Next is "Two Sleepy People".

 Written by Hoagy Carmichael with lyrics written by Frank Loesser.

A lot of people have recorded this song, but to me this one is the sweetest.

Here they are singing it in the movie "Thanks for the Memory"

Have a wonderful weekend, everyone!

And thank you again :)


Wednesday, August 5, 2015


I've noticed that not everyone that reads my blog leaves a comment.

Which is completely fine.

I promise :)

But naturally, I wonder about my readers.

Wouldn't you?

So, if you've left a comment before or not, I'd love it if you would tell me who you are and where you're from.

Maybe a little about yourself too?

I promise, I won't bite ;)

If not, that's okay.

I understand.

It's just me being curious.


Tuesday, August 4, 2015


I've showed this view of my sewing room/office/library many times.

Do you know why you never see the other parts of this room?

Because it's scary!

It's a place where things are put, until I can either get rid of them or find a place for them to go, and it's become a mess.

I was thinking that if I show you this horror, that maybe it'll motivate me to do something about it.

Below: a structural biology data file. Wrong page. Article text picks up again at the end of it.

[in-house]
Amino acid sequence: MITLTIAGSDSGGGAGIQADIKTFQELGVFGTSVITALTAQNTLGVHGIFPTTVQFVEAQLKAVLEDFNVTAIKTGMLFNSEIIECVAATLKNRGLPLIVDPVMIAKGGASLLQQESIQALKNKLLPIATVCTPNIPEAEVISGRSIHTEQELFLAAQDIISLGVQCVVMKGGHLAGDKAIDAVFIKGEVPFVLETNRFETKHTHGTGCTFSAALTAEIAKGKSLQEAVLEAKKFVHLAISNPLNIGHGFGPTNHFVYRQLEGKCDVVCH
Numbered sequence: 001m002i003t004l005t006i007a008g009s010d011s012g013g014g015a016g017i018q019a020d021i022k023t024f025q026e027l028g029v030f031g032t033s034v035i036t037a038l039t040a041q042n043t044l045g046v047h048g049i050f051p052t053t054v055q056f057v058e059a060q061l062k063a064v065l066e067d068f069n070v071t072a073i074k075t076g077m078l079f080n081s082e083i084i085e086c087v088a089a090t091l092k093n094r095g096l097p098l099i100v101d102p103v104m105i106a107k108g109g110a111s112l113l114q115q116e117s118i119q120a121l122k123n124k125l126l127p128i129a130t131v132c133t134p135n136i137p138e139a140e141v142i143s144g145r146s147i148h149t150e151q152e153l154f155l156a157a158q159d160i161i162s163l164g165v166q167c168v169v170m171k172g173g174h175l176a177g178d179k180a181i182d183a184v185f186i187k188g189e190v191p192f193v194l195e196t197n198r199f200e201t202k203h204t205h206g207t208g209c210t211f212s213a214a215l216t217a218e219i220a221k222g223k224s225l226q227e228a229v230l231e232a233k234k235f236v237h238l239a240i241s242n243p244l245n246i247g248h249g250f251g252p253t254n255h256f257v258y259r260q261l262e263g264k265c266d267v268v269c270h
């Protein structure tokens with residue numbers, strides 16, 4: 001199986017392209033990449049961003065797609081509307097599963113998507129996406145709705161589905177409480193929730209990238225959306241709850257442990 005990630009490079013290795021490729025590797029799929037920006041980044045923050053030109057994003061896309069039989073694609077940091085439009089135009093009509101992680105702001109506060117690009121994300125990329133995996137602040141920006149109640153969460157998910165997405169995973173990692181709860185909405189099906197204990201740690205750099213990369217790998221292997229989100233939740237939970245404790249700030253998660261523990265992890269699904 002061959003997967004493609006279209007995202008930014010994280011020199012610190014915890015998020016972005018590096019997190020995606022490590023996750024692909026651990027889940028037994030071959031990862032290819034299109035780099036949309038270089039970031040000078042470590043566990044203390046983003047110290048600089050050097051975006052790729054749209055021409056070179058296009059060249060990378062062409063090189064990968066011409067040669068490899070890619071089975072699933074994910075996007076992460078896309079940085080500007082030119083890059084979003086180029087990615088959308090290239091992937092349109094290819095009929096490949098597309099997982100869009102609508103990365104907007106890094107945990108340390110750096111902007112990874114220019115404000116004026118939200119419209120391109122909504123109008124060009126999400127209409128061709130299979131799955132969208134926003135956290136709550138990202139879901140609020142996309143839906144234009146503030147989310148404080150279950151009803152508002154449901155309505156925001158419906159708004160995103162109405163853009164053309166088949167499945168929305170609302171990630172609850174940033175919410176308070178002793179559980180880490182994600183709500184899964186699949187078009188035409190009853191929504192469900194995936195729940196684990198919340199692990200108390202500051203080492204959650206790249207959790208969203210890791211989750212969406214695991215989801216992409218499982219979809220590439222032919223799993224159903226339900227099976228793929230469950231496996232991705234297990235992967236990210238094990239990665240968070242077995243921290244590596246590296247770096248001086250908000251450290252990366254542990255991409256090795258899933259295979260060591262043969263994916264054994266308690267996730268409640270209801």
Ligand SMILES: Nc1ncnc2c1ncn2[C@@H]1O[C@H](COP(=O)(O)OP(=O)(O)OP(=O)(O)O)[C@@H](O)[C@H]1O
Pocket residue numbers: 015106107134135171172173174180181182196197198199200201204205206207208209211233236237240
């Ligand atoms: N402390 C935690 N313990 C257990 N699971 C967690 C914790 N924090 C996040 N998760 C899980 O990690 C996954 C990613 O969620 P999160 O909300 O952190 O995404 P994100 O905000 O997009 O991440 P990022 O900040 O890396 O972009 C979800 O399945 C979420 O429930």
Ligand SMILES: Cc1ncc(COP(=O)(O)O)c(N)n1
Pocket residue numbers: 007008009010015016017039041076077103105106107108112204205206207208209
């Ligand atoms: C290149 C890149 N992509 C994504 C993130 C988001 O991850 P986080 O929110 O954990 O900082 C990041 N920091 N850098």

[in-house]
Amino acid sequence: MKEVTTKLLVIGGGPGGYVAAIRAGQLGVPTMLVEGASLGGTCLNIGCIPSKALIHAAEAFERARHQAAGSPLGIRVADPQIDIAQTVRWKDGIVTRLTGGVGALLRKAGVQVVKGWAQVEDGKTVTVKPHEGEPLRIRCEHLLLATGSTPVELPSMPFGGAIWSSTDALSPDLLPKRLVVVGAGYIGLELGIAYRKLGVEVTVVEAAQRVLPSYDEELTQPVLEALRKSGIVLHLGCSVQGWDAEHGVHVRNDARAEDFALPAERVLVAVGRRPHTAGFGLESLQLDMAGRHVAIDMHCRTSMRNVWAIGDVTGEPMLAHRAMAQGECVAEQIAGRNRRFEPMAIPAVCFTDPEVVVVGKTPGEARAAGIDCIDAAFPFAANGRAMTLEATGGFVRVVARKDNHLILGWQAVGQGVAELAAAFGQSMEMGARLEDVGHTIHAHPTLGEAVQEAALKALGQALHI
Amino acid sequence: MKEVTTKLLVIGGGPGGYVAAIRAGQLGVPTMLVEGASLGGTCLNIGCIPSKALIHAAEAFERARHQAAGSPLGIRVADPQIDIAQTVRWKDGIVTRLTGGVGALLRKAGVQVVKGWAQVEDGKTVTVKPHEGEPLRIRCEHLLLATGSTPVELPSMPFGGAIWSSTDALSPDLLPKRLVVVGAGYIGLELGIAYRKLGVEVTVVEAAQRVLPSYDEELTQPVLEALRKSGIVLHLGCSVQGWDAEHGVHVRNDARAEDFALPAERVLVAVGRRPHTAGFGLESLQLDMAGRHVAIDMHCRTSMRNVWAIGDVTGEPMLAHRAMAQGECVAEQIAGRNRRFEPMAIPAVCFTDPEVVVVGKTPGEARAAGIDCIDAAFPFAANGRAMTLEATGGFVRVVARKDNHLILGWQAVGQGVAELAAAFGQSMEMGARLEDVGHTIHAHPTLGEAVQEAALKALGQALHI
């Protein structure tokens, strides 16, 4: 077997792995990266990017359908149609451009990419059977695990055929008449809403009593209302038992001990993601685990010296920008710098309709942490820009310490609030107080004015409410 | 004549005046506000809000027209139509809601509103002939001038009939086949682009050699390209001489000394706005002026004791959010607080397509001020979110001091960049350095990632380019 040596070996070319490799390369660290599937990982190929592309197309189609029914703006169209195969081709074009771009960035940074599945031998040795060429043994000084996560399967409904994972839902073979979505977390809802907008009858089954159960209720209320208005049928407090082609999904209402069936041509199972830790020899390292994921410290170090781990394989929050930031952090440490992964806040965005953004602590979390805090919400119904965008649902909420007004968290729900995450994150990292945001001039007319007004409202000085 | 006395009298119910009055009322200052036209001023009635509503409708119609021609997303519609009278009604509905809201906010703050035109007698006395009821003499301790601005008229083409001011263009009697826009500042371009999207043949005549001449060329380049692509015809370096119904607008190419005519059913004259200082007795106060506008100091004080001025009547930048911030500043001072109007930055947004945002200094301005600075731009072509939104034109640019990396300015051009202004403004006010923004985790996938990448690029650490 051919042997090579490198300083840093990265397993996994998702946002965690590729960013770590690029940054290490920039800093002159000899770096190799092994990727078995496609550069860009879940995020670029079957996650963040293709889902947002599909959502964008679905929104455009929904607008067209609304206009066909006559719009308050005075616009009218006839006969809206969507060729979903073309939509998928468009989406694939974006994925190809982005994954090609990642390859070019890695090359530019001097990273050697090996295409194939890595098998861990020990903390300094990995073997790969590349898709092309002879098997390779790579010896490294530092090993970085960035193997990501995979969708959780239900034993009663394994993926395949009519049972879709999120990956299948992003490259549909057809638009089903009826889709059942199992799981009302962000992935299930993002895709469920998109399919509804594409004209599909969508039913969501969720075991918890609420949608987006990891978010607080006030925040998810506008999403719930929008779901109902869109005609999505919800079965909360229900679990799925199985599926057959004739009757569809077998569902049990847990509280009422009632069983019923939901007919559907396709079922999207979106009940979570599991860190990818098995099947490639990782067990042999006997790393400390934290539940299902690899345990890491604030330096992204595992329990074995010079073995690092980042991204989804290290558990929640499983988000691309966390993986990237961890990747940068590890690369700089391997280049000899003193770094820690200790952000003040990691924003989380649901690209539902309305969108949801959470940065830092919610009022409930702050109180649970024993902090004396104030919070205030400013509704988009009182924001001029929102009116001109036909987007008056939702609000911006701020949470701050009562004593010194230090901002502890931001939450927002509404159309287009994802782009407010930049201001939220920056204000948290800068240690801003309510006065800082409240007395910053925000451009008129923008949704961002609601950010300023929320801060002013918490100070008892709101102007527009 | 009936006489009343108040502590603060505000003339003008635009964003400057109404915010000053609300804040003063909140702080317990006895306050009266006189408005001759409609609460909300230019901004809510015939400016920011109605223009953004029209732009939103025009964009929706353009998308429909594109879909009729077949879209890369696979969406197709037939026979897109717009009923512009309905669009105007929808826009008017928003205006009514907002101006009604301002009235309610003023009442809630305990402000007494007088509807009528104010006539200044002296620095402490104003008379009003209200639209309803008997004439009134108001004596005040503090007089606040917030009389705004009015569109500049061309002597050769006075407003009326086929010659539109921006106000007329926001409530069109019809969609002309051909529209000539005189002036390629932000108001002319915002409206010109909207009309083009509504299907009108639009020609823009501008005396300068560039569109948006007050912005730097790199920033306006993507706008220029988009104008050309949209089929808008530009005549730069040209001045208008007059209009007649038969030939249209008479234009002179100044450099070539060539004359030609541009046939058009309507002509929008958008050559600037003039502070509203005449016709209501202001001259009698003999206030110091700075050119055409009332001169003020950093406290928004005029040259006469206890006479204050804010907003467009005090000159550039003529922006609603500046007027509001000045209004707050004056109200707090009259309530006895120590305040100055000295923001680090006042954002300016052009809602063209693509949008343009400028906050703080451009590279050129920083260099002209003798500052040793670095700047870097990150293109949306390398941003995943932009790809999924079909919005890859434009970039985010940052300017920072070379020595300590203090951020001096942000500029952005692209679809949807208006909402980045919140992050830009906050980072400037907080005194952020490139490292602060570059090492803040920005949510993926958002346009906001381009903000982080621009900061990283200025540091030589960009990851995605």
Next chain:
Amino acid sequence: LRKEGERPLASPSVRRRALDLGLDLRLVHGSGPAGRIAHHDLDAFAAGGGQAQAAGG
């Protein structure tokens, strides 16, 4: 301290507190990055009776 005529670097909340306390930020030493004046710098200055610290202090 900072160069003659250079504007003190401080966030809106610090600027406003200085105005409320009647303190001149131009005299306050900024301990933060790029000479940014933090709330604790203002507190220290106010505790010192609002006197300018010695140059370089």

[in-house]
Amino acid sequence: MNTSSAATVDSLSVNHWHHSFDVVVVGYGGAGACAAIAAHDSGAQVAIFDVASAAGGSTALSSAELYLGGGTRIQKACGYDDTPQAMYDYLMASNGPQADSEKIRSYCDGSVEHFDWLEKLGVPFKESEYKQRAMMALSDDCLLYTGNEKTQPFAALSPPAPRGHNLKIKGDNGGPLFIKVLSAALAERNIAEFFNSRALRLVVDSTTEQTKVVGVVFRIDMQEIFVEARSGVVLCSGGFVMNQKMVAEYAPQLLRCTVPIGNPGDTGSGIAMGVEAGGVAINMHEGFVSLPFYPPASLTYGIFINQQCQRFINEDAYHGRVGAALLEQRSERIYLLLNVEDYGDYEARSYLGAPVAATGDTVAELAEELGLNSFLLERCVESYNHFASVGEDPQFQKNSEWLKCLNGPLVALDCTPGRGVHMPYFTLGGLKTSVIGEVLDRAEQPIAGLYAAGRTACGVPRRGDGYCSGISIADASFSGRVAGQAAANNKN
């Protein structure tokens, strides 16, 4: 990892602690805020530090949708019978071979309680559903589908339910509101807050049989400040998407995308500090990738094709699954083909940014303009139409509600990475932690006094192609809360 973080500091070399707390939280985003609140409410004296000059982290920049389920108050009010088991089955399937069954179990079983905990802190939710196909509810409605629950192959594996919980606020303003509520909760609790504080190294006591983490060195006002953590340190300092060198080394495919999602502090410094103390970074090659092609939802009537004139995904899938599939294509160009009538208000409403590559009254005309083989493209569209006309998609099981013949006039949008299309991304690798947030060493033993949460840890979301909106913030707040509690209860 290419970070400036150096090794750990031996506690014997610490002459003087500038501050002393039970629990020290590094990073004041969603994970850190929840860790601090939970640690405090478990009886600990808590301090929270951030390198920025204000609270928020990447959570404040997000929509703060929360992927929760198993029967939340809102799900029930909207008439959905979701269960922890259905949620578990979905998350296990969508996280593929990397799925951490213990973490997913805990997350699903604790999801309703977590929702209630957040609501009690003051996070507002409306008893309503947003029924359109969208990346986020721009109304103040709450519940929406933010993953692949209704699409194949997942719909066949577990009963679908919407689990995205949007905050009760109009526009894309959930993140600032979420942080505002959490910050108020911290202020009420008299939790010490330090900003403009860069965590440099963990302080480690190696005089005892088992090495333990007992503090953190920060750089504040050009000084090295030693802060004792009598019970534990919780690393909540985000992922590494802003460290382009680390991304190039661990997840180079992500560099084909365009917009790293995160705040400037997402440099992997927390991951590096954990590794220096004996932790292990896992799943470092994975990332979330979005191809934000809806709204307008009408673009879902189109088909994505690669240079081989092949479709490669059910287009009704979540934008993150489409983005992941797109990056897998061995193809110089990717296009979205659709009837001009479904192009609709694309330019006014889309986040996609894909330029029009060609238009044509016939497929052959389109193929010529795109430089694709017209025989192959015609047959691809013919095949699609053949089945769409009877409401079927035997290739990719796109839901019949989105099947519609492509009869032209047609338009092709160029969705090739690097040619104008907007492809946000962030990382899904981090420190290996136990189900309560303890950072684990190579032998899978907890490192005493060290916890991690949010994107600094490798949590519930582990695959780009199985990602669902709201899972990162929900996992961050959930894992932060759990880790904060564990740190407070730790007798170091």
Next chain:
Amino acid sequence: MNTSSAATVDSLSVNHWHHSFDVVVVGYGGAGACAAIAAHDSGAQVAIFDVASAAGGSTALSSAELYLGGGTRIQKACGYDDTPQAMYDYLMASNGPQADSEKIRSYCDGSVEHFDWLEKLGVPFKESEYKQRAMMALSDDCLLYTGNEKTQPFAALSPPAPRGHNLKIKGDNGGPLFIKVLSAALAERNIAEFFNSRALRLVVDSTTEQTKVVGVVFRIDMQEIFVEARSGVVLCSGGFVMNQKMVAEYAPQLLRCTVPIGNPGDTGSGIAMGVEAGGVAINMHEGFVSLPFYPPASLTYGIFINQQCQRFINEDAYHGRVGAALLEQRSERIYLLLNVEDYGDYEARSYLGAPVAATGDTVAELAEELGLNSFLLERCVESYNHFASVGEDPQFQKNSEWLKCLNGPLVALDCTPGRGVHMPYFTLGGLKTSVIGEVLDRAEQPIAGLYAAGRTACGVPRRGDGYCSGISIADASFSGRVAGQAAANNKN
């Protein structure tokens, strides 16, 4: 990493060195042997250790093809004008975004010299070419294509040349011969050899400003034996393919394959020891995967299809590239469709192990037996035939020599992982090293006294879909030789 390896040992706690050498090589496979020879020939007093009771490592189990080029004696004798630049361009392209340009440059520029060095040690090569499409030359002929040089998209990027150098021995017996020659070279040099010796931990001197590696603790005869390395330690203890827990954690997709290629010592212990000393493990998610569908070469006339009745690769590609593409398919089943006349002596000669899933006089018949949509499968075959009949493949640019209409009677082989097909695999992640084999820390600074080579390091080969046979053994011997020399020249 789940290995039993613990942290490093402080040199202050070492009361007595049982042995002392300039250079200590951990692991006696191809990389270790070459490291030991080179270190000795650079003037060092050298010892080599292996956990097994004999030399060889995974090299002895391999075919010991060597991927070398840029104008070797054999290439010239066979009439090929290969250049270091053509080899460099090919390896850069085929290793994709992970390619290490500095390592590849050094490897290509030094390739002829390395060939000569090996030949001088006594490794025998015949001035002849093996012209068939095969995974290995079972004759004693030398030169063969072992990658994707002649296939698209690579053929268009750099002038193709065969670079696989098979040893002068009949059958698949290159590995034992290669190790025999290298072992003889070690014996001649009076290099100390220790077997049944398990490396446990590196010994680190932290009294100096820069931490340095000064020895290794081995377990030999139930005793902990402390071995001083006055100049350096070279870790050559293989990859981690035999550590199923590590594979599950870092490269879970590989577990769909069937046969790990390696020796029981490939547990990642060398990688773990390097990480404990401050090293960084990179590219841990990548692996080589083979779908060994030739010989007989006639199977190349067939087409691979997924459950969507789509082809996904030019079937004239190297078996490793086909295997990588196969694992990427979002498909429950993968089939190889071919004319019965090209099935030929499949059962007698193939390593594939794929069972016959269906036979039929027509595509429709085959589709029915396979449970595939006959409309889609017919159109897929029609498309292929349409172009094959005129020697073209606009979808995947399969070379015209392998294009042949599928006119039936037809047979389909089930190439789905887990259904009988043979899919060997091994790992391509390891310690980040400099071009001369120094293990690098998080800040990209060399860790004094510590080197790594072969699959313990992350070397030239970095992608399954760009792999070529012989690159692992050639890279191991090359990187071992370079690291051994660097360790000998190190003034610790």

So, here we go...

The desk where I blog from and pay bills:

Not your typical "Where Bloggers Create" space, huh? ;)

You can see that I need to paint the walls towards the ceiling, but moving that desk will not be easy. I've been told it's either German or English and from the early 1800s, but all I know for sure is that it's a beast to move, because it's so heavy.

The reason for the weird paint is that I had shelves (not original to the house) removed, to fit it on that wall, since it's the only place in my house that it would work. 

And I wasn't going to get rid of it. 

No siree Bob! 

I love that old desk, heavy or not :)

Oh and that white thing next to my chair?

The only air-conditioner on the main level, besides the one in Annie's room. It's an ugly necessity during the Summer, because as I've mentioned before...